This How We Live

credit: Marisa DeMarco
credit: Marisa DeMarco

Life isn’t clean, it’s actually quite wrinkled, messy, and disheveled. We can try our very best to wash away its impurities, organize it with precision, and purge as much literal and figurative baggage as possible. But every time things seem to be in good working order within our personal standards, interests, and needs, something happens to make it untidy and disorderly yet again. If we can simply accept the fact that life itself isn’t contained in a neat and delicately presented package with all the trimmings and frills but rather is a tattered cardboard box that it bursting at its seams, we actually have received the best gift of all.

From a very young age, we’re taught to believe that life is something that we must live, not something that lives inside of and along side of us. Family, friendships, studies, work, relationships, and the every day responsibilities shape and create our experiences—for better or for worse. When we believe that we are not in control of the choices we make but rather must endure and accept the lot in life we’ve been given, we’re truly not living but rather simply existing and our spirit is slowly dying. There is the balance of allowing things to progress, shift, and change in its natural progression but also making decisions that are informed in the development of one’s present and creation of one’s future. There is the balance of staying the course, but knowing when it’s time to veer in whatever direction is being revealed that ultimately serves for a higher purpose. Mistakes don’t necessarily exist, but rather a series of lessons. These lessons that we learn day by day are neutral—but it’s our perspectives and life experiences that render them “good or bad” based upon our judgment and the judgment of others.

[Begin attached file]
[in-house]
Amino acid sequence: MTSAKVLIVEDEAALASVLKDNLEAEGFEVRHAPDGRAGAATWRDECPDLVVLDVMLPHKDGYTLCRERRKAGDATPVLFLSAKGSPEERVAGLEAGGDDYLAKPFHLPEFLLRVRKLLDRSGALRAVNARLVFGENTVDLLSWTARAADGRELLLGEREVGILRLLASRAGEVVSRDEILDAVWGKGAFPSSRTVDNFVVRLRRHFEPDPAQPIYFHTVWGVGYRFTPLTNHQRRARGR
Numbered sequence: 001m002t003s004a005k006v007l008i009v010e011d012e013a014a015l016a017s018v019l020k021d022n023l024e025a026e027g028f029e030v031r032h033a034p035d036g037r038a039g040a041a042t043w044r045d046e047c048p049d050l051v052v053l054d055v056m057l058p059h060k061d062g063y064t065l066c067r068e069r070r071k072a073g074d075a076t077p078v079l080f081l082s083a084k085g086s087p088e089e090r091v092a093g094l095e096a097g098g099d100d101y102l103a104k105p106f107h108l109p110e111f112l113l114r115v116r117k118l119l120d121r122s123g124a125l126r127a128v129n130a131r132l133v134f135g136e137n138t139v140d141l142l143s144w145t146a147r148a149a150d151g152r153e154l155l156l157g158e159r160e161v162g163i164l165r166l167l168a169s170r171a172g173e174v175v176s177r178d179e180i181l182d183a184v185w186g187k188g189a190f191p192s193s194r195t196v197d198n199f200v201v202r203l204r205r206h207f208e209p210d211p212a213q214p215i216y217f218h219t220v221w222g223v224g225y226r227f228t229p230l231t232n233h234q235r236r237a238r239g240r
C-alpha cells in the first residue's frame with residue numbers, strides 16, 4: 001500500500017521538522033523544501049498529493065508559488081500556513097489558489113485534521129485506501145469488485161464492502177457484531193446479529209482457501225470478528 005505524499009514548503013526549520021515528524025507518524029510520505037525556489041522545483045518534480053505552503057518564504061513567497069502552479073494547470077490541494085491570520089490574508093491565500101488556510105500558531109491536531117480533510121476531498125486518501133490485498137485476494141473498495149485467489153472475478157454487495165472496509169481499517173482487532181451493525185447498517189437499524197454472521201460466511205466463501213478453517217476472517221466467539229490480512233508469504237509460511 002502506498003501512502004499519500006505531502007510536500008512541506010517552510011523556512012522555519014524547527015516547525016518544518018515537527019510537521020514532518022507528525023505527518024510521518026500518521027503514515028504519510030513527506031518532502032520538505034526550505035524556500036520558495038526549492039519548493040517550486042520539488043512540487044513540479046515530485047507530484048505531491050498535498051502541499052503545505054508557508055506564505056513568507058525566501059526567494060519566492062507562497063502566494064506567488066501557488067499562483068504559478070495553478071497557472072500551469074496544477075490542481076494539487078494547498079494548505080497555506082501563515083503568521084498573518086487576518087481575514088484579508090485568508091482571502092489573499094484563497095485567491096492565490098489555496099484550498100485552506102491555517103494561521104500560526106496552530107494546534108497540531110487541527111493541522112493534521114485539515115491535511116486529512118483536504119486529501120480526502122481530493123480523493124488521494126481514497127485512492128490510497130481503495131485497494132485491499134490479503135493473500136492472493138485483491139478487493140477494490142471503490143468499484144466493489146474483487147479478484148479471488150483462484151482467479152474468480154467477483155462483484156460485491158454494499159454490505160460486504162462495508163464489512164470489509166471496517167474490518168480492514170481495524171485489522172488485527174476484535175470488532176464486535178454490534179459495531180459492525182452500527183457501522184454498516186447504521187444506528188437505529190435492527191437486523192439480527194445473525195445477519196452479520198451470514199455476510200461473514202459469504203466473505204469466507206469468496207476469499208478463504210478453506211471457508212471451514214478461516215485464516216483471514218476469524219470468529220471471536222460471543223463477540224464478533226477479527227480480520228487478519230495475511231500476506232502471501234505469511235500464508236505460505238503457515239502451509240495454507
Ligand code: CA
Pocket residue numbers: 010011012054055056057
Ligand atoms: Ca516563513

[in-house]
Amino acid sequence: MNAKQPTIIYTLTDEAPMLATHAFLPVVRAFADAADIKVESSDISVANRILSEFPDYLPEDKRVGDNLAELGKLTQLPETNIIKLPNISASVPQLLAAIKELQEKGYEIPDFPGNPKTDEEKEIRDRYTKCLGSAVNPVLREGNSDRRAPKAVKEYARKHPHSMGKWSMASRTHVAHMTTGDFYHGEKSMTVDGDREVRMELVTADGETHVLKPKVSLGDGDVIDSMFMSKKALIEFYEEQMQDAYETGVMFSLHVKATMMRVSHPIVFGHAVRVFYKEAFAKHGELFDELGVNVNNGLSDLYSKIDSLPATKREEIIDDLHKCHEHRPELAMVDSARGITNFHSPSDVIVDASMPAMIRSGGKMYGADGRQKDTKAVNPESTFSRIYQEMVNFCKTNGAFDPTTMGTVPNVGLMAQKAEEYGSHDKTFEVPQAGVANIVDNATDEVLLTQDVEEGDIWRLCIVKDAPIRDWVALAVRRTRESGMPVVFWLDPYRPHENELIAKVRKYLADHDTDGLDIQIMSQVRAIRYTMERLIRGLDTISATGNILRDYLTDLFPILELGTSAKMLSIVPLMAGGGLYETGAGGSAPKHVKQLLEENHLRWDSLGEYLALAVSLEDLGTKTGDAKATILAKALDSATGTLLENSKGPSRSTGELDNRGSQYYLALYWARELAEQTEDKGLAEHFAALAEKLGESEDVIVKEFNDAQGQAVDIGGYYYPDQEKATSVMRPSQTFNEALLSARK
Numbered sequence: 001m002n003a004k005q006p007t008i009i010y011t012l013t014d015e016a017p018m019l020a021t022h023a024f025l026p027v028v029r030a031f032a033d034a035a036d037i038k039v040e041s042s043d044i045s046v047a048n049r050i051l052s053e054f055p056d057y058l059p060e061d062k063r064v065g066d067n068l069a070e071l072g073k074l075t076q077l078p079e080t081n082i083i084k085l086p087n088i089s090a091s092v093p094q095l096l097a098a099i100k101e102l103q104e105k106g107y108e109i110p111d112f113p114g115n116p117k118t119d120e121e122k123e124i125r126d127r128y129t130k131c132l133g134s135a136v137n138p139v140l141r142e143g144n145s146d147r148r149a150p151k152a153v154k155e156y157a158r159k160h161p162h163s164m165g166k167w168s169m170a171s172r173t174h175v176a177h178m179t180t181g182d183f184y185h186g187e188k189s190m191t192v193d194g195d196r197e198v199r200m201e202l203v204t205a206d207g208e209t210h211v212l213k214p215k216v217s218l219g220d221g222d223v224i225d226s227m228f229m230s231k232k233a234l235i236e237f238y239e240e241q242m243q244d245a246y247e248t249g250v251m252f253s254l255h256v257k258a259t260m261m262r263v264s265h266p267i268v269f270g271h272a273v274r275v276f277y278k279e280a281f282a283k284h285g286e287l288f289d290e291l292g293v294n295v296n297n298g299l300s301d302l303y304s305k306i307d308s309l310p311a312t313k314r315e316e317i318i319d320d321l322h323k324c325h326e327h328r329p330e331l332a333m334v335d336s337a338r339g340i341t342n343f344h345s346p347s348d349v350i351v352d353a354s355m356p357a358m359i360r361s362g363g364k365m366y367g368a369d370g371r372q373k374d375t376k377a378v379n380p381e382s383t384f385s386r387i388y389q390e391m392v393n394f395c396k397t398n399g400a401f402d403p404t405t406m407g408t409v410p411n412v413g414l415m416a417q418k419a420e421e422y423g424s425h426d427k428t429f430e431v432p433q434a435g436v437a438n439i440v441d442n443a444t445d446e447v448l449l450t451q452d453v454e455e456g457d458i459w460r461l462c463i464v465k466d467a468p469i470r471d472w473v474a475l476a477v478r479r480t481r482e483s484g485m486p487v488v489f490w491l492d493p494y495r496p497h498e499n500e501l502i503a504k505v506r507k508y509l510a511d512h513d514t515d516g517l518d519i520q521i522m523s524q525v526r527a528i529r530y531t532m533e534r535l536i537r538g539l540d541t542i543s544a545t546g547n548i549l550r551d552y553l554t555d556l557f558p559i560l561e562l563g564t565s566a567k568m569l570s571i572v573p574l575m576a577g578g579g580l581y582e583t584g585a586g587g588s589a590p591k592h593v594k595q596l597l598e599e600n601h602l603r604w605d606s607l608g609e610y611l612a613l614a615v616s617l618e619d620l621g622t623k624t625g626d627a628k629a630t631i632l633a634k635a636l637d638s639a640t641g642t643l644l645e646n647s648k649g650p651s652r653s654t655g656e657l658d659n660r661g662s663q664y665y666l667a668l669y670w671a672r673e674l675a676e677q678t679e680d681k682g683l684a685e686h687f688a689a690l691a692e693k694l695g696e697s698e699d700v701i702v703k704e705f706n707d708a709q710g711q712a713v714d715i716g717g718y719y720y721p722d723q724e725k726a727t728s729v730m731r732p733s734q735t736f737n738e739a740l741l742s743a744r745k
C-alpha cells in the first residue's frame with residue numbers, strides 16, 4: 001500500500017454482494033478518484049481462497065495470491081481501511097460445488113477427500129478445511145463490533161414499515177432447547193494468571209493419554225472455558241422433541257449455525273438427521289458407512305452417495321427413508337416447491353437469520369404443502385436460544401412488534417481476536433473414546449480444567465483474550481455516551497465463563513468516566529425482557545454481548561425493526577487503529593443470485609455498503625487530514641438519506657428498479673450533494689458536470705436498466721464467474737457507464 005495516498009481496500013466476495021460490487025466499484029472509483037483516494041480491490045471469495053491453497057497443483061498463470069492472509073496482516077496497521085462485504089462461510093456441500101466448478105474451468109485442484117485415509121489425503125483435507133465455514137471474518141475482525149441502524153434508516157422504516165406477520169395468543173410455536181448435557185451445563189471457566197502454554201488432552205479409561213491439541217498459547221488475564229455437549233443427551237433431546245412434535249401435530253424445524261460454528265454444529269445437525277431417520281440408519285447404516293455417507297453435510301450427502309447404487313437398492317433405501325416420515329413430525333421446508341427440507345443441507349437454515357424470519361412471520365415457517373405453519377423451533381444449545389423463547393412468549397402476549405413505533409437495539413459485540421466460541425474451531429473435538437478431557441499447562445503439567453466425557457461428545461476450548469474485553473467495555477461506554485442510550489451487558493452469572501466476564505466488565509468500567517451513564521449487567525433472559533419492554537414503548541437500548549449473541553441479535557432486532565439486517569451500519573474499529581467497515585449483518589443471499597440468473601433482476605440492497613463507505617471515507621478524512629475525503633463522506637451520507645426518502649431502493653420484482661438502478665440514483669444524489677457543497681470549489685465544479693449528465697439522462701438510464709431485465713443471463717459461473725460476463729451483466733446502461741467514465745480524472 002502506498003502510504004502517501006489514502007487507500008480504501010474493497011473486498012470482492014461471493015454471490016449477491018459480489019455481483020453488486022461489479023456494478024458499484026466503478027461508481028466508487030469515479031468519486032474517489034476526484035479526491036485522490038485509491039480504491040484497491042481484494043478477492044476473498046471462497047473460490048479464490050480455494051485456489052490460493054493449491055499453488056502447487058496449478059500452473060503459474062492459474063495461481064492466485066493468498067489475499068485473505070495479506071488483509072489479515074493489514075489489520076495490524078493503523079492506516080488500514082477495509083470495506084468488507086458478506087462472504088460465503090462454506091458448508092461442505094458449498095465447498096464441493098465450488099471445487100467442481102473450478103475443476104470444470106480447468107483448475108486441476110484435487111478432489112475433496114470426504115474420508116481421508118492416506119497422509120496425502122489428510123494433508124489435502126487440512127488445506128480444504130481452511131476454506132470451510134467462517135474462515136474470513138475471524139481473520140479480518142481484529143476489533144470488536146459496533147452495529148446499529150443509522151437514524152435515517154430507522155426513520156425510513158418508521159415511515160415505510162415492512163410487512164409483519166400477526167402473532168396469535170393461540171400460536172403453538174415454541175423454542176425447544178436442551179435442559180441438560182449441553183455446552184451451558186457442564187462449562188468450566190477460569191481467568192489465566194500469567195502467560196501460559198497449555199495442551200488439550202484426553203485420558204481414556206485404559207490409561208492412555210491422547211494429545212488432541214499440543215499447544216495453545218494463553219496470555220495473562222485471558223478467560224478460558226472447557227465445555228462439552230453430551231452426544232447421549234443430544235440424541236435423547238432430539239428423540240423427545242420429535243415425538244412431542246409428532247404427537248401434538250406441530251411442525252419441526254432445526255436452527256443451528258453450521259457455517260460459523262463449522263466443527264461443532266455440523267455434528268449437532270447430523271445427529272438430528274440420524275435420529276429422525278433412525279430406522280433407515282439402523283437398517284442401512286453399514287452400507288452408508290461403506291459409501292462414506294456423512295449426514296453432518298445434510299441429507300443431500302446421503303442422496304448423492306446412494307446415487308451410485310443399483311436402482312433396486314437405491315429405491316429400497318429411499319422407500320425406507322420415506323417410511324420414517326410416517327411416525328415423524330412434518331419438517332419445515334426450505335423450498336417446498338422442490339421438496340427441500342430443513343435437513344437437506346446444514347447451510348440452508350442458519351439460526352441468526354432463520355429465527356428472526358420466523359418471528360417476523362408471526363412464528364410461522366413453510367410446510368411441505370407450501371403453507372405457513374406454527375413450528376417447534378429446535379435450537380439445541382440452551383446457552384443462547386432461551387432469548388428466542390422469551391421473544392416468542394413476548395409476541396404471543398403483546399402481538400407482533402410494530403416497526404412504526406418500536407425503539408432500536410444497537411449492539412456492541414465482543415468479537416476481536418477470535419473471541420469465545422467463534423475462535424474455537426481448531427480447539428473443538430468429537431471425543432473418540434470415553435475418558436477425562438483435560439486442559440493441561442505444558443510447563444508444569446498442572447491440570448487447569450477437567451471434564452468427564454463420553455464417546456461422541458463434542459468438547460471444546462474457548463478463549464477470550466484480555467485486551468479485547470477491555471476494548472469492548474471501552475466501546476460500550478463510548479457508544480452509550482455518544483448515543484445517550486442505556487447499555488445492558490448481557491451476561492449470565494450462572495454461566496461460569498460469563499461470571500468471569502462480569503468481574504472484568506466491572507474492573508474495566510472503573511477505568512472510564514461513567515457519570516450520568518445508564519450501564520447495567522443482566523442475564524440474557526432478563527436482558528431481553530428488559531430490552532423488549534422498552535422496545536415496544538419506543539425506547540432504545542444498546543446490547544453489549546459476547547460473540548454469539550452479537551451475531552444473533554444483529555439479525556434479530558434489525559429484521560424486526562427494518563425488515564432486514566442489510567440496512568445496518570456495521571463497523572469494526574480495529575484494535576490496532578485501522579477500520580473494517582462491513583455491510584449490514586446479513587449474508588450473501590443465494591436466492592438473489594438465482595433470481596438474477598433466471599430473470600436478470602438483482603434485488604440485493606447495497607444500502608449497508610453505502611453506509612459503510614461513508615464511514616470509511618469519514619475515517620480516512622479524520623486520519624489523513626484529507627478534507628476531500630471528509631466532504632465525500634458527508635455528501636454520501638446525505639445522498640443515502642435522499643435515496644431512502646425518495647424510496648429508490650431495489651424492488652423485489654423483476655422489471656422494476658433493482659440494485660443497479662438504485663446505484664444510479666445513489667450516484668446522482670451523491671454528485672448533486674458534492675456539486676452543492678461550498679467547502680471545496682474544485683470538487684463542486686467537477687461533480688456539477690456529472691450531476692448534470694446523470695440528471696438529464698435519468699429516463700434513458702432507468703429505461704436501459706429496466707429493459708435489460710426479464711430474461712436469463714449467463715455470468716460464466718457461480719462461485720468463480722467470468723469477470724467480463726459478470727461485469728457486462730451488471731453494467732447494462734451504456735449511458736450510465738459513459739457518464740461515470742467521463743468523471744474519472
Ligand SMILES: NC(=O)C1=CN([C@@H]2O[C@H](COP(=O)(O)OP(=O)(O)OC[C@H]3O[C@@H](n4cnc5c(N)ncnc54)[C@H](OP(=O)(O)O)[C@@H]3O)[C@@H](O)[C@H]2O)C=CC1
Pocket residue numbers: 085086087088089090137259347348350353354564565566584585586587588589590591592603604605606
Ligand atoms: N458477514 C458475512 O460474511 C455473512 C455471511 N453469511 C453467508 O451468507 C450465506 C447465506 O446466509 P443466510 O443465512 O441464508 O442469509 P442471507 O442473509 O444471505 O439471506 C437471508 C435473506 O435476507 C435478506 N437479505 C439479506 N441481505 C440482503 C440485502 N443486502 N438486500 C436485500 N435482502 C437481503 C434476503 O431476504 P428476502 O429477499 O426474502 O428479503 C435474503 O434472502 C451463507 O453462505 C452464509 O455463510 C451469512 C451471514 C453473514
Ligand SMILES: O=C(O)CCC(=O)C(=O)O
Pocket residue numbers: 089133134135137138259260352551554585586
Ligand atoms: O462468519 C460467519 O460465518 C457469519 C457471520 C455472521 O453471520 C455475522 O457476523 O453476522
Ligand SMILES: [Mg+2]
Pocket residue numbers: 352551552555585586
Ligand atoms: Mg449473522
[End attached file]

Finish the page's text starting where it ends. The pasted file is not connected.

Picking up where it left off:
When we decide to give up control, but are self-protective and self-aware to decide what feels good and appears to provide us with a sense of well-being and value, we are living. The details and outcome no longer become important. It’s the process of elimination, the quieting of self-doubt, and ultimately taking ownership of one’s actions that crafts our unique and rightful paths that we walk with more ease and less anxiety.

If I can impart one solid piece of advice, it would be this: no more over thinking, over processing, and fighting wars within one’s self. Nothing is fixed and everything changes. The people that love and accept you will remain. Those who reject you don’t have a place within your life unless you continue to permit it. Work, success, financial means, and status aren’t the defining factors of a person’s character. It’s the heart and mind. So go out and live…for it actually is a beautiful yet mysterious miracle we’re granted daily. Yet it’s ours to experience and interpret collectively and according to our individuality. TC mark

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